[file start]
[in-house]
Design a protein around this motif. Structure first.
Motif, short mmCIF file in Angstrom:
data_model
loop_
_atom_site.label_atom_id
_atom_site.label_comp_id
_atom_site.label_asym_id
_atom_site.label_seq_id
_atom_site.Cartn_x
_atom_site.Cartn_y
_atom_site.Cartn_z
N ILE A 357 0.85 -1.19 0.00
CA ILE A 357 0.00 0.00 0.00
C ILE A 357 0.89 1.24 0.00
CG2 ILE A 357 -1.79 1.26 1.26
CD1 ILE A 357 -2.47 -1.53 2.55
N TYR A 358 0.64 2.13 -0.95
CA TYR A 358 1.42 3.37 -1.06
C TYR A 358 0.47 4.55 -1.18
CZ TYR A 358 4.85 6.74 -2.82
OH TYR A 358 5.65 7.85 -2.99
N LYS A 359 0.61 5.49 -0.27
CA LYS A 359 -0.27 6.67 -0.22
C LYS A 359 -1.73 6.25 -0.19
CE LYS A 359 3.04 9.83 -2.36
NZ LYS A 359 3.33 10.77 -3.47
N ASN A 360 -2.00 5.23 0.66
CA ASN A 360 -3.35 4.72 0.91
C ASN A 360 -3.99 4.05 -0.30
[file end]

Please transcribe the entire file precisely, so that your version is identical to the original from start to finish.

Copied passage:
[in-house]
Design a protein around this motif. Structure first.
Motif, short mmCIF file in Angstrom:
data_model
loop_
_atom_site.label_atom_id
_atom_site.label_comp_id
_atom_site.label_asym_id
_atom_site.label_seq_id
_atom_site.Cartn_x
_atom_site.Cartn_y
_atom_site.Cartn_z
N ILE A 357 0.85 -1.19 0.00
CA ILE A 357 0.00 0.00 0.00
C ILE A 357 0.89 1.24 0.00
CG2 ILE A 357 -1.79 1.26 1.26
CD1 ILE A 357 -2.47 -1.53 2.55
N TYR A 358 0.64 2.13 -0.95
CA TYR A 358 1.42 3.37 -1.06
C TYR A 358 0.47 4.55 -1.18
CZ TYR A 358 4.85 6.74 -2.82
OH TYR A 358 5.65 7.85 -2.99
N LYS A 359 0.61 5.49 -0.27
CA LYS A 359 -0.27 6.67 -0.22
C LYS A 359 -1.73 6.25 -0.19
CE LYS A 359 3.04 9.83 -2.36
NZ LYS A 359 3.33 10.77 -3.47
N ASN A 360 -2.00 5.23 0.66
CA ASN A 360 -3.35 4.72 0.91
C ASN A 360 -3.99 4.05 -0.30